Sounds Good on Paper

Yesterday was one of those days that you have every now and again where everything just seems right with the world. You are able to somehow combine the things that you love with the ones that you love. After spending several hours at Chase Field at the Arizona Diamondbacks Fan Fest it was time for us to bid farewell to the stadium that we won’t see for another 7 weeks (that pains me just typing that). Trina and the kids had a difficult time pulling me away from the Chase Field concourse. Trina firmly believes that the team will have some repair work to do since she is convinced that I left fingernail marks along the floor as the family forcefully dragged me out of the stadium. I think she is exaggerating just a little, I cut my fingernails so they could not have left a mark. I did notice that the ends of my fingers are sore today and I seem to have cement burns on the tops of my fingers. And suggestions that I cried like a baby when we left are exaggerated. I wasn’t crying I just had something in my eye. But as we were walking across the Gila River Casino Plaza something interesting happened.

As I had previously reported, the Diamondbacks saw the largest crowd in their history attend Fan Fest. The attendance totals were estimated to be above 10,000 people. The stadium and the plaza was filled with people and there were lines to many of the activities. So with this sea of humanity, the odds of what happened next were significantly more remote than having a Diamondbacks player hit for the cycle. From out of nowhere a man carrying a small notebook appeared from amidst the crowd and stood in front of me and the kids. He asked if I had a couple of minutes and if I would be willing to answer a few questions. I thought perhaps this was the gentleman’s first trip to Chase Field and I am always willing to help a baseball fan particularly a Diamondbacks fan. I agreed to help him. It was at this point he identified himself as Scott Bordow, a reporter for the East Valley Tribune newspaper. He began by questioning me about baseball and whether all of the steroid rumors and innuendo bothered me. I politely gave me opinion that I don’t believe all that I read nor do I think that all players took performance enhancing substances. While I am not naive to think it is not happening, I just choose to focus on the game and not necessarily on the players. I stand by my conviction that it is the perfect game which unfortunately is played by imperfect people. I went on to explain that it is my responsibility as a fan and more importantly as a parent to teach my kids about the game but not to let them get caught up on the players. It is events such as Fan Fest that give the kids an opportunity to see the players off the field to understand that they are not that much different than their own father; they just happened to have one of the greatest jobs on earth. They get to play baseball while dad gets to write software and play on the computer. My kids would be the first to tell you that I am far from perfect but that overall I probably do ok unless I get on them to clean their room or do their homework. They would never look at me as someone to be revered or placed on a pedestal to be worshiped. The same should be for baseball players. They are gifted individuals who have great athletic gifts but they still struggle in their lives just like we do in ours. The game of baseball will live on from generation to generation and will survive despite the weaknesses of the players currently employed by the game. So while we may be dismayed or indignant at the thoughts of Brian McNamee or Roger Clemens, they do not represent the game. They may have been playing pieces but their lack of high moral character will not diminish my views of baseball.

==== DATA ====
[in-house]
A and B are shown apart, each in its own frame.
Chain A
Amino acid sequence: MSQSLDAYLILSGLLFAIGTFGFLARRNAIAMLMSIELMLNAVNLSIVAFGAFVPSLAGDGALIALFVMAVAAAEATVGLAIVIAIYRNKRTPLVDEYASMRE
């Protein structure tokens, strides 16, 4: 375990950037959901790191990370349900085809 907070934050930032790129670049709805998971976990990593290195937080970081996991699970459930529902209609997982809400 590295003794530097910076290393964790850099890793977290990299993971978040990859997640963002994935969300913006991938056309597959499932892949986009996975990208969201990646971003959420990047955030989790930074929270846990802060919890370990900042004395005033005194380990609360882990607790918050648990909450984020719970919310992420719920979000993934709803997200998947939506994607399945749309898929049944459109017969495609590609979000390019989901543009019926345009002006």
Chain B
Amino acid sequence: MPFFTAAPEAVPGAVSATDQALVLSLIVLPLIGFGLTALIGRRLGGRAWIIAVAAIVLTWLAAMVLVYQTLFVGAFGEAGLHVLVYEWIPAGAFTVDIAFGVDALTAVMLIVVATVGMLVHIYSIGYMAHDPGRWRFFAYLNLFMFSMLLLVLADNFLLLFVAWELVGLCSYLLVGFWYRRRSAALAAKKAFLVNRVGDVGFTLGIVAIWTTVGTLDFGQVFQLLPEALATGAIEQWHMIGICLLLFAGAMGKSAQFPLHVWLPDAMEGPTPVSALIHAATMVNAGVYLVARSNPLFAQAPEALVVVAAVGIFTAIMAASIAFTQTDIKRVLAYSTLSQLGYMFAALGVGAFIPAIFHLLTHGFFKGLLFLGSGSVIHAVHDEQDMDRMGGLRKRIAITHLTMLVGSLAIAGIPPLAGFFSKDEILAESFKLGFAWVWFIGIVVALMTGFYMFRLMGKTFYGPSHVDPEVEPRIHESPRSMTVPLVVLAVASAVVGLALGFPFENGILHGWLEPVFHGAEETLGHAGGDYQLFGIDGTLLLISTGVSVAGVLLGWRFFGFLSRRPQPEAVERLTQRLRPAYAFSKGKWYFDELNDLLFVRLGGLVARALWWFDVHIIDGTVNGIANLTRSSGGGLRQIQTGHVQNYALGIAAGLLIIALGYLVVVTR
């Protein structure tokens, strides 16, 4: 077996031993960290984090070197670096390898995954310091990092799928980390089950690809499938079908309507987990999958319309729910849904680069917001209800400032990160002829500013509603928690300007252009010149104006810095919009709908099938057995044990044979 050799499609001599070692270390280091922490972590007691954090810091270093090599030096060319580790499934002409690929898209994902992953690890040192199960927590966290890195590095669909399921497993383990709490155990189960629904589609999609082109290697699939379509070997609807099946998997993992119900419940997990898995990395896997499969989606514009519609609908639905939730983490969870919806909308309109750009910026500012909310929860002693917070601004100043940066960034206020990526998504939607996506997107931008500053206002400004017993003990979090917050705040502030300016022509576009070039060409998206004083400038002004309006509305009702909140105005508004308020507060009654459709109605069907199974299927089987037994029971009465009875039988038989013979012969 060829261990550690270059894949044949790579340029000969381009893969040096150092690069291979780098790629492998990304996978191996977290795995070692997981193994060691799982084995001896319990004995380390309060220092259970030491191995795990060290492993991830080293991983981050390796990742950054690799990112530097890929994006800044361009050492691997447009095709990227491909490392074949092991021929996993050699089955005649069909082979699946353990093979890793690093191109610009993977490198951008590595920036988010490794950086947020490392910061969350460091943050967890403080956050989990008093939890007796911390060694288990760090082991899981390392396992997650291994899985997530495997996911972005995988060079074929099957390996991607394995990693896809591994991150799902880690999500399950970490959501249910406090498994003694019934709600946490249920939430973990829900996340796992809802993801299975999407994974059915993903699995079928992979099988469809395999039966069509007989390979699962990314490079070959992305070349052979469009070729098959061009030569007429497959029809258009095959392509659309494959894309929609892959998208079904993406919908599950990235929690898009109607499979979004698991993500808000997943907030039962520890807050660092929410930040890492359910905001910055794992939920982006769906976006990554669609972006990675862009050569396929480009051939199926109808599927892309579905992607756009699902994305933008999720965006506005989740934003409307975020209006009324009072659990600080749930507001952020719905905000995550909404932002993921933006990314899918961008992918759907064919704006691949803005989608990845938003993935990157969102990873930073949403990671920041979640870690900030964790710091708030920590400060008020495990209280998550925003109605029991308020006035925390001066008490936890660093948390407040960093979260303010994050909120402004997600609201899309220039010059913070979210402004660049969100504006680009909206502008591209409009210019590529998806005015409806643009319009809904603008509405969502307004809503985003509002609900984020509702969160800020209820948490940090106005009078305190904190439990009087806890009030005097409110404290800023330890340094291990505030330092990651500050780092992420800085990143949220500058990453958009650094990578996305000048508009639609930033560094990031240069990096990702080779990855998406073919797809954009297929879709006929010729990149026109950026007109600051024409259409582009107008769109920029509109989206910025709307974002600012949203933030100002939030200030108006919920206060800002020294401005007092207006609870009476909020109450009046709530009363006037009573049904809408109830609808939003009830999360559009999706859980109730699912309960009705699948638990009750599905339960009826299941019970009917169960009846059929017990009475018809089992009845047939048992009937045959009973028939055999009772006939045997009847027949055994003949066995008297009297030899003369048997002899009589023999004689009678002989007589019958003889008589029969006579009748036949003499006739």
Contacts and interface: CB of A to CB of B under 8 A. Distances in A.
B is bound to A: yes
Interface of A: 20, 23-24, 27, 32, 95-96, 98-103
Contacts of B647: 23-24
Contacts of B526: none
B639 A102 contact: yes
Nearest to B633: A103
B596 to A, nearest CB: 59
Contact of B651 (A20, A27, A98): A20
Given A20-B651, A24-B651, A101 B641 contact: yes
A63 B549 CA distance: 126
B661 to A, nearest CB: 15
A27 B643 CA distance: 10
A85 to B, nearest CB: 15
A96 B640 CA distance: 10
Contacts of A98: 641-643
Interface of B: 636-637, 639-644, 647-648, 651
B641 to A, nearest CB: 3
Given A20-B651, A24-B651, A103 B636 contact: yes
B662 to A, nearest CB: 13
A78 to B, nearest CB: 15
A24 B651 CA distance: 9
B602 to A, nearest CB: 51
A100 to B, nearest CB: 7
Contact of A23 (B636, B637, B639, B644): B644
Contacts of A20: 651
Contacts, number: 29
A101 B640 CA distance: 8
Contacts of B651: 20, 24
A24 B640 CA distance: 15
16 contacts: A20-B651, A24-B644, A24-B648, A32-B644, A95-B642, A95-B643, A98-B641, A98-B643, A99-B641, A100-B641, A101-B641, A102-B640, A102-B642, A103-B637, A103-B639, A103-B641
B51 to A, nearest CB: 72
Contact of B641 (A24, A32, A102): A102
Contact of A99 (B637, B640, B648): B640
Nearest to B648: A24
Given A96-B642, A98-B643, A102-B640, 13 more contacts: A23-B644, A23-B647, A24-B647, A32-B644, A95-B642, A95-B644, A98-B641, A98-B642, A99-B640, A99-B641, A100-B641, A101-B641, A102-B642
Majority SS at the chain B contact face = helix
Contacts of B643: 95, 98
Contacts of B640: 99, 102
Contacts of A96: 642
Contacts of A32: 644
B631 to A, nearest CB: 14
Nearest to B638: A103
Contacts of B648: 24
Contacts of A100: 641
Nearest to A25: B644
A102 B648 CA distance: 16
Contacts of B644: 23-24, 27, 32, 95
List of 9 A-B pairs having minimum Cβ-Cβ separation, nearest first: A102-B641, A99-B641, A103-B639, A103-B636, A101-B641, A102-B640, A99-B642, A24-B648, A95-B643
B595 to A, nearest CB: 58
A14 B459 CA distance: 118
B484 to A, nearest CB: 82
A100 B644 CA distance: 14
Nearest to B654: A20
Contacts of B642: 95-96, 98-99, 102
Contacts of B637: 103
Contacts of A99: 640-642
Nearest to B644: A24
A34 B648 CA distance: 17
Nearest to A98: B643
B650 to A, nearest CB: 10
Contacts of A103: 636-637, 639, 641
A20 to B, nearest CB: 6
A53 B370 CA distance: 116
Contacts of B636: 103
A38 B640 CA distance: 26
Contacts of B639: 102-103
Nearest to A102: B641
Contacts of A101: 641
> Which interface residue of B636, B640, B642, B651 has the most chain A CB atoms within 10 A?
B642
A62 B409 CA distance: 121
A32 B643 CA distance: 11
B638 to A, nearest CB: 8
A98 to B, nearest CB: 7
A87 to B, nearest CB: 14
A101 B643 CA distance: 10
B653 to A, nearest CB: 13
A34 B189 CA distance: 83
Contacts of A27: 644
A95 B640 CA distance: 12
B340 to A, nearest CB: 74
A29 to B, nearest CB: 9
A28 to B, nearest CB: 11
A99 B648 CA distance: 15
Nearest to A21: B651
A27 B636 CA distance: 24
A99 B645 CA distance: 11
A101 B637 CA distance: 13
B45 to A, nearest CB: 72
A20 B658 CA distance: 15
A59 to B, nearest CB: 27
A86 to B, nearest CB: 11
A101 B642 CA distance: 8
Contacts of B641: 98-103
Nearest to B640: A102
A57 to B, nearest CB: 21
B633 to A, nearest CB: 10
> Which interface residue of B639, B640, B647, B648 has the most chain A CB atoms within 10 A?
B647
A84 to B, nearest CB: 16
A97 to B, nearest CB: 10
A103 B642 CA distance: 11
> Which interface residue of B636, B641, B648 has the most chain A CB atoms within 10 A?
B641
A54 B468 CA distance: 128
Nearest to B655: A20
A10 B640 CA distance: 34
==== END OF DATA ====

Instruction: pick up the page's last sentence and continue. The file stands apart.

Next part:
I am sure that my answers were probably not exactly what Mr. Bordow had in mind when he stopped a guy and his family. After talking with him for a while we parted ways and with my family in tow I went on to other activities. I commented to Trina about how odd that whole episode was and we both wondered aloud what might become of that brief encounter. We didn’t have to wait long, in the Sunday edition of the East Valley Tribune Scott Bordow wrote a piece entitled Season can’t get here soon enough that appeared on the sports page. Within the piece were several comments attributed to me. My kids of course were extremely impressed. For a moment I thought perhaps my comments were wrong, maybe my kids did put me on a pedestal to be looked up to. Then of course I returned to reality thanks to my sweet daughter Whitney who put everything into perspective, “Dad, this is so cool! My name and my age is in the newspaper!” Yeah I was right the first time, as far as my family is concerned, I am just a guy from section 112 row 8 who is obsessed with baseball.

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